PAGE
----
Statistics prove a connection between drug use and car accident deaths. According to the Governors Highway Safety Association, 38 percent of people killed in car accidents in 2013 had detectable levels of impairing illegal and legal drugs in their system. This is almost the same percentage that tested positive for alcohol.
The most common drugs detected in fatal car accidents were:
- Marijuana (34.7 percent)
- Amphetamines (9.7 percent)
- Hydrocodone (6.9 percent)
- Cocaine (4.5 percent)
- Benzodiazepines (4.5 percent)
- Oxycodone (3.6 percent)
Alcohol-impaired driving is still a major contributing factor in fatal car crashes. But, drunk driving has decreased in recent years, and drugged driving has been on the rise.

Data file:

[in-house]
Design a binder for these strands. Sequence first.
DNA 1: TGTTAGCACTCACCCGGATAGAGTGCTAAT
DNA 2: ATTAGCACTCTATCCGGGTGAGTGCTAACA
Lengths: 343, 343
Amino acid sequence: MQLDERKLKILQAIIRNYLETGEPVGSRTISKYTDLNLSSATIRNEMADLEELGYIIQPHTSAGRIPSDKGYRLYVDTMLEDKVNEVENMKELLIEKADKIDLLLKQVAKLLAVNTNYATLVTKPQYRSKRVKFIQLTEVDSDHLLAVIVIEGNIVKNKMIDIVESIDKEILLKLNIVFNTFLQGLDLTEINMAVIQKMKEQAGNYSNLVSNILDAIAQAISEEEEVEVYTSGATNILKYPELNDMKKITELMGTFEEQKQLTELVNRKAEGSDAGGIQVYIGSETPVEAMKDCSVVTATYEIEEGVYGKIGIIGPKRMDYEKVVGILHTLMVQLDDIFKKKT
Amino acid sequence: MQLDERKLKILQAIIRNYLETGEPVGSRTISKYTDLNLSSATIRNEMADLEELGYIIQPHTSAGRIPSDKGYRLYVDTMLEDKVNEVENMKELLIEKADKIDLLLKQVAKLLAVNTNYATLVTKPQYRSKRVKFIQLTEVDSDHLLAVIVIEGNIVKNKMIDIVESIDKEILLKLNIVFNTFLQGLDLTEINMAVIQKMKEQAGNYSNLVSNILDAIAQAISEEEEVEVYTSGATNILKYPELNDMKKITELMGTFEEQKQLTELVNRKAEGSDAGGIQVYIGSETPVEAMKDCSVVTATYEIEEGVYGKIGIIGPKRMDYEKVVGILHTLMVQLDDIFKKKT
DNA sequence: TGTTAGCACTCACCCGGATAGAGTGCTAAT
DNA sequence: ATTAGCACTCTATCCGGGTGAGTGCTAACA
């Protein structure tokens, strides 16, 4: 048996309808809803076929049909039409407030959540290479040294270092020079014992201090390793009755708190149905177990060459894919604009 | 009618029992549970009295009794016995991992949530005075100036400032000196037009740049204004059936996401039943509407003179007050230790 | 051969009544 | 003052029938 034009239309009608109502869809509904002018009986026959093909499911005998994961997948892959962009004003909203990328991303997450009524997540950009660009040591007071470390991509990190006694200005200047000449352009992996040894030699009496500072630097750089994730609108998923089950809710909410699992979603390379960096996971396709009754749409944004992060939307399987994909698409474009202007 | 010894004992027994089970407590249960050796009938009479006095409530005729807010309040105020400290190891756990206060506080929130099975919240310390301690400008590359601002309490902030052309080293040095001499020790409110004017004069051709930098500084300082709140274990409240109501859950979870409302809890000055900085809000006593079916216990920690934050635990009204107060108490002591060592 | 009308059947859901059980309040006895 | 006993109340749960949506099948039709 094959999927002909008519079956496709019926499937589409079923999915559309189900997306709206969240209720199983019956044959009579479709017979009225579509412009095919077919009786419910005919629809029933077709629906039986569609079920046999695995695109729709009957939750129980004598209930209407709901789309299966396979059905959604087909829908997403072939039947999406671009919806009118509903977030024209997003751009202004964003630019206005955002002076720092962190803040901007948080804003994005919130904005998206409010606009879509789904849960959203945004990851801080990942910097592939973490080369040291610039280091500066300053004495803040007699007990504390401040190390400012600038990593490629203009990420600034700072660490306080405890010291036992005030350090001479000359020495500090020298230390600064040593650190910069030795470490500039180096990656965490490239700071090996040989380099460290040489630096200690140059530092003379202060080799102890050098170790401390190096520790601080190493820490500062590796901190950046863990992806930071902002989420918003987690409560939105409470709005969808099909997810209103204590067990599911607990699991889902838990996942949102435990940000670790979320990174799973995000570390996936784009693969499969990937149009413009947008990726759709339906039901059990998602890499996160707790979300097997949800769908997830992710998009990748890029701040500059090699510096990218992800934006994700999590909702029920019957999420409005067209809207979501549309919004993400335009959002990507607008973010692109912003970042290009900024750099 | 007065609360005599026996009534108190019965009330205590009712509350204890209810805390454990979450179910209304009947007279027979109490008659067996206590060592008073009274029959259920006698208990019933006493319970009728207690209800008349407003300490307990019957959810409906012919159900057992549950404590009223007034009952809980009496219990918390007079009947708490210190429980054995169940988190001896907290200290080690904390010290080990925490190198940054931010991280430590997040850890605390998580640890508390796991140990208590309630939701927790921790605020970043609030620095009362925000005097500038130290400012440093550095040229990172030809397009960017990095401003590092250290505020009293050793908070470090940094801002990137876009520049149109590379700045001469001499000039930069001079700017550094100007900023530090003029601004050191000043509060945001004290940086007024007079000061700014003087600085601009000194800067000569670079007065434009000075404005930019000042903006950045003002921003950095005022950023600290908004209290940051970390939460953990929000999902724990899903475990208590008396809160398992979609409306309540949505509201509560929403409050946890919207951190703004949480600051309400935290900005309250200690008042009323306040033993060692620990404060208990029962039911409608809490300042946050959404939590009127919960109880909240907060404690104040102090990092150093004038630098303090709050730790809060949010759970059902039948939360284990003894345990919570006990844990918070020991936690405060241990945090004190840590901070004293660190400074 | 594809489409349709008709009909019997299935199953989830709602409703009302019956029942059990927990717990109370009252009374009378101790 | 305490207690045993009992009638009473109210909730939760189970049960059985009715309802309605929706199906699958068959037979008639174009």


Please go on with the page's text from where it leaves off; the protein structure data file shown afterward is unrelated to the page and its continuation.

According to a news report in Ozarks First, the risk of being in a crash is two times higher when drivers have a blood-alcohol concentration of .09 compared to a driver with .07. Drivers are four times as likely to be in a crash with a BAC of .1. It’s more difficult to put specific numbers on drivers who have drugs in their system, but many states are currently debating how to regulate drug impaired driving.
There are 15 states that have zero tolerance laws for drug impaired driving. Other states, such as Oregon, have decriminalized the recreational use of marijuana, but haven’t put marijuana-impaired driving laws on the books. It is unclear if lawmakers in Missouri will change the laws to deter drivers from getting behind the wheel while impaired by drugs.
A driver does not have to face criminal charges or traffic citations to be held civilly liable for causing a crash. A Missouri car accident attorney can help injury victims seek compensation for injuries and damages sustained in a DUI crash.
If you or someone you know has been injured in any type of auto crash, contact Page Law. We can be reached at (314) 322-8515.